How Businesses Use Mediation To Resolve ConflictNick Richards FDRP LL.B MBA GDLP DMgmt MQLS
Mediation is a better way for businesses to resolve disputes
Every day a business enters into transactions, whether it is with a customer, goods or services supplier and each transaction comes with its own associated risks sometimes beyond the parties own control such as supply chain issues, loss of staff, defective workmanship, negligence, poor advice or even pandemics.
Some options that most businesses face are:
- Ignoring the issue in the hope its gets better.
- Attempting to resolve with the other party themselves.
- Seeking a judgment in the court.
- Involving a mediator early on outside of court.
It has been long acknowledged that mediation is the most effective form of dispute resolution given that mediators can engage promptly with the parties, offering a solution where the parties control the outcome rather than the strict and rigid approach of the court system, by an individual that may not have a detailed understanding of their business and processes. The success rate of settlement in a mediation prior to court lodgement is up to 90%.
Mediation brings considerable benefits for businesses
The costs of mediation are generally split between the parties to the dispute; however one party may also be willing to pay the fees of the mediation. Mediation organisations will generally charge an hourly fee for each party to brief them on the matter and an hourly rate for the mediation conference and document drafting. Many mediators are Solicitors or Barristers that have considerable experience negotiating and advocating their rate will generally start at $400 + GST per hour.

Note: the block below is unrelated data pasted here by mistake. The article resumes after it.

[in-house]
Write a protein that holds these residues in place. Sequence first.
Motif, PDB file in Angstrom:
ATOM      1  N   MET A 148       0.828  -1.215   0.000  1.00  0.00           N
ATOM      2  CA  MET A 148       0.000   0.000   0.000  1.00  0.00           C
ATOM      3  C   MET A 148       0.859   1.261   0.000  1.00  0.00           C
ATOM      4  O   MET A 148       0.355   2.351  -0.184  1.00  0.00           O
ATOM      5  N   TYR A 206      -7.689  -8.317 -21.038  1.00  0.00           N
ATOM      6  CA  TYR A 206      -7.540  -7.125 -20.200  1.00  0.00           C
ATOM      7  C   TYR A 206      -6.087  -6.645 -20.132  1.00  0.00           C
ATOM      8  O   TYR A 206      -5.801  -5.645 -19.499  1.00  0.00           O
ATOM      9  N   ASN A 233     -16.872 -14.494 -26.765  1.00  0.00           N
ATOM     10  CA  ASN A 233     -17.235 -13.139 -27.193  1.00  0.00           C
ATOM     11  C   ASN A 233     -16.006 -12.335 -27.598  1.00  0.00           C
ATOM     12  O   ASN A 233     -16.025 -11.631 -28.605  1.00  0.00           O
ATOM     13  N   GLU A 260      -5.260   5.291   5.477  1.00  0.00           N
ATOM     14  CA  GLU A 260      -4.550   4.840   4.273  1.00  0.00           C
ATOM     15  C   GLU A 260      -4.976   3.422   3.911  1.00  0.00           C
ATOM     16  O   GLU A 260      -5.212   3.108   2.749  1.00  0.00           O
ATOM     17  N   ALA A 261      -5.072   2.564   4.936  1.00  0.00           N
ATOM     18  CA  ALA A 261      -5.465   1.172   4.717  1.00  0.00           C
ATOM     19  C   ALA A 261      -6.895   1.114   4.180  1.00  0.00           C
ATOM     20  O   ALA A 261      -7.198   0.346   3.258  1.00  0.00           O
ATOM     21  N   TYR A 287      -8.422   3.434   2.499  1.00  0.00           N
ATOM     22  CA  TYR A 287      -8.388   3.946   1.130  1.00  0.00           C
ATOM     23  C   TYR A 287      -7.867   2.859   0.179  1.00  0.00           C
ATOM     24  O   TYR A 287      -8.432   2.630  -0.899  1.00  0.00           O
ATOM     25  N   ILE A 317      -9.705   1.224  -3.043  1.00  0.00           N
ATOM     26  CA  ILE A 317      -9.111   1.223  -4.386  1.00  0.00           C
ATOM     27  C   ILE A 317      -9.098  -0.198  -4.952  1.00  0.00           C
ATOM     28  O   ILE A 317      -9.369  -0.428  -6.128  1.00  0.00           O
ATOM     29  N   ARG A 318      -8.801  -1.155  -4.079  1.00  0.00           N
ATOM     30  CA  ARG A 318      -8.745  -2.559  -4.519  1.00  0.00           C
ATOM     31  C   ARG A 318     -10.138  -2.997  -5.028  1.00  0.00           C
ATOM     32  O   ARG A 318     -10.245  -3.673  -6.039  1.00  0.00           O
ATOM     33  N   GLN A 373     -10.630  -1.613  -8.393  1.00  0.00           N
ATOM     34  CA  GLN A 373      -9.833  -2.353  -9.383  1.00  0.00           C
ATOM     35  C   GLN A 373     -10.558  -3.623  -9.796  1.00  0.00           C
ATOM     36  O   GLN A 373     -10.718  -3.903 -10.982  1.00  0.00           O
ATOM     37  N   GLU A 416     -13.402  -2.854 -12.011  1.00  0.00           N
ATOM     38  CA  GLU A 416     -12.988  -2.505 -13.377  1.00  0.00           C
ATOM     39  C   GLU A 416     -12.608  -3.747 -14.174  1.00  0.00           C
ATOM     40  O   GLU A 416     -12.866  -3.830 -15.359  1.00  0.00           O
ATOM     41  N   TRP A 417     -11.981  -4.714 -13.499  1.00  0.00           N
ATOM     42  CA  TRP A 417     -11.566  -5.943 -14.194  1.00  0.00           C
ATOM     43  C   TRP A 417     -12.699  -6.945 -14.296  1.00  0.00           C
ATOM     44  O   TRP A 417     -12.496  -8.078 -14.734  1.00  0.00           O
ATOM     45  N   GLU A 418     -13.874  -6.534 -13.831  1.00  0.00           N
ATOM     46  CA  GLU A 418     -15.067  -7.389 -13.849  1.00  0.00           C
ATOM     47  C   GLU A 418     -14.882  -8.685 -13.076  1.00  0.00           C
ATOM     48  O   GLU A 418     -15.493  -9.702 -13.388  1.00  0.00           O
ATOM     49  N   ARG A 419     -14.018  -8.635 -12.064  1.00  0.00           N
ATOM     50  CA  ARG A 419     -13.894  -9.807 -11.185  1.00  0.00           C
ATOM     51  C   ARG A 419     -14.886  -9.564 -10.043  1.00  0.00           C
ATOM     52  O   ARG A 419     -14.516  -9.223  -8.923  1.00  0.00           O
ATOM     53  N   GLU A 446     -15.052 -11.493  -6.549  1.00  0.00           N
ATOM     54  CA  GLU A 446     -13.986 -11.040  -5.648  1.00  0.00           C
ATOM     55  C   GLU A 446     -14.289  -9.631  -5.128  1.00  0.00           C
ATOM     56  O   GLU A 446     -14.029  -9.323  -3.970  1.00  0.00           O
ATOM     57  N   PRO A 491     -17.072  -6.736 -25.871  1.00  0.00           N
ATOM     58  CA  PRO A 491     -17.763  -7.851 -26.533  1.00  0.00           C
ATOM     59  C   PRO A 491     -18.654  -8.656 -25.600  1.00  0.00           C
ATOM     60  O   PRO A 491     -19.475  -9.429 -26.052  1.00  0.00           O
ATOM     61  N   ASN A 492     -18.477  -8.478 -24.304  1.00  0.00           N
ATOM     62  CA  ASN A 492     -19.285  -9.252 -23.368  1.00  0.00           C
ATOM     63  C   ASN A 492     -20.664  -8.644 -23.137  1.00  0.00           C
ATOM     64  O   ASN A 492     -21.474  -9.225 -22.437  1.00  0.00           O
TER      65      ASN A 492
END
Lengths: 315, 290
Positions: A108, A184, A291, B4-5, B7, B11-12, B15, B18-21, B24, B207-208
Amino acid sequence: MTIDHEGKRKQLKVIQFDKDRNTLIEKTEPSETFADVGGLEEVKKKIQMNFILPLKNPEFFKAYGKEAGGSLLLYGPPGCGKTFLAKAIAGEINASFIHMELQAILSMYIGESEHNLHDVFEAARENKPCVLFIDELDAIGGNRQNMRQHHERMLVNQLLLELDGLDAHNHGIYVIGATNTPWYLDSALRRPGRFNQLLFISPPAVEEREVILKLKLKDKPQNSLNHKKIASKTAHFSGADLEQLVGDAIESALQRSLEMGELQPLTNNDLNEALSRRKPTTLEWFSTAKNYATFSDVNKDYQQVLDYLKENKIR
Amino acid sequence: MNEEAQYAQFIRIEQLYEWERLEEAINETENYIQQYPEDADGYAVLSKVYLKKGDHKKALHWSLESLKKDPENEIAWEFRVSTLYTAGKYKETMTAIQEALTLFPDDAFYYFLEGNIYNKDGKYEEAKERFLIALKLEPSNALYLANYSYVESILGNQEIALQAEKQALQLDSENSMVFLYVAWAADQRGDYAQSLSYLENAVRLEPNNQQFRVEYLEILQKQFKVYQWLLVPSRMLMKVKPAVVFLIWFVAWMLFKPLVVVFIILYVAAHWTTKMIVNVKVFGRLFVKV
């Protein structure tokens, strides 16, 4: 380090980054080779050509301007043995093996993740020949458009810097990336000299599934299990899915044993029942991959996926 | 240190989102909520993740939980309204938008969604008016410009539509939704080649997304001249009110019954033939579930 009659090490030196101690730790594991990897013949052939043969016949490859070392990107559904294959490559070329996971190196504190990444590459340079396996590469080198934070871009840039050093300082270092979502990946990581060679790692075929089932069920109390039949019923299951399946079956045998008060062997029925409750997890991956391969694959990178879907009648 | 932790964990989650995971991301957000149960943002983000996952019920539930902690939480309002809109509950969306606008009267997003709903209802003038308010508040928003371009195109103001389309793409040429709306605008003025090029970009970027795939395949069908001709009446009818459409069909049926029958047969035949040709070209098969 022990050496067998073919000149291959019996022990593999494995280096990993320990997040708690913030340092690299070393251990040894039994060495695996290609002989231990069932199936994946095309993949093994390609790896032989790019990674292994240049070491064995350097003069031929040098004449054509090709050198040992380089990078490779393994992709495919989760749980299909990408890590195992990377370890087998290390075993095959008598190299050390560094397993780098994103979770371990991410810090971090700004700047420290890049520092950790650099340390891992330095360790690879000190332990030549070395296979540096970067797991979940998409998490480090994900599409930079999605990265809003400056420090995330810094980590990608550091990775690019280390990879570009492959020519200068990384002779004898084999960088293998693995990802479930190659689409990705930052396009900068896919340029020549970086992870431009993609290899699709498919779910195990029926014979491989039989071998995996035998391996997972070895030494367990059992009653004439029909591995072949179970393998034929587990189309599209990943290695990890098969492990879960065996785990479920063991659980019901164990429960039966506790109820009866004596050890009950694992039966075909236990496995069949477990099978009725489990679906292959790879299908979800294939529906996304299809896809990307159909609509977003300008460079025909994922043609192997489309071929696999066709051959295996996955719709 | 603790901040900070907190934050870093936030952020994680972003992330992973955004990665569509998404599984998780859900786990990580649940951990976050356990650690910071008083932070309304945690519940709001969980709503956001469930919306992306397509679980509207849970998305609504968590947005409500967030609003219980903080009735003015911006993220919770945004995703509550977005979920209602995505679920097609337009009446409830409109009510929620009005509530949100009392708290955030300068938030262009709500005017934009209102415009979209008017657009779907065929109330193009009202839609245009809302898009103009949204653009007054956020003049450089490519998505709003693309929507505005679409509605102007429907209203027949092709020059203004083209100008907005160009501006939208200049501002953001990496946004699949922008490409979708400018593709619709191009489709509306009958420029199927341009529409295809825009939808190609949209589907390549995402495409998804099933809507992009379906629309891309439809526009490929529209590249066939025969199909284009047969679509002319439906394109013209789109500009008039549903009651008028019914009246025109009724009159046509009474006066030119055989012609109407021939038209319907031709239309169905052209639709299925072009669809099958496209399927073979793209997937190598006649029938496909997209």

The key cost benefit with mediation is that unlike the court system, a party is not liable for the other parties costs. In the court system an unsuccessful party may be liable for the cost of the other parties legal fees plus any other judgment/order made by the court.
Control of Outcome
Mediation provides parties control on how the dispute is handled, ultimately enabling them to control the outcome. No solutions are imposed on parties, rather the parties will work together in a time and location that suits all involved. Agreements met needn’t be legal outcomes, but can be practical and personal, allowing a flexible approach in resolution that is likely to suit the parties better.
The mediation process is much quicker than going through the court system. Any agreements met should be documented and signed by the parties to make the agreement enforceable. Should a party failure to adhere to the agreement, the other party may make an application for an order of the court. The time associated with mediation of a business matter may be as little as a month, whereas the court process could take up to 1.5 years.
Mediation is conducted in a confidential setting away from the public unlike the court system, whereby members of the public may attend hearings. Should a matter proceed to court after mediation, any communications in mediation cannot be used for the purposes of evidence. Information can be shared in the mediation to assist the mediator in steering the parties towards resolution, however anything passed to the mediator will remain confidential.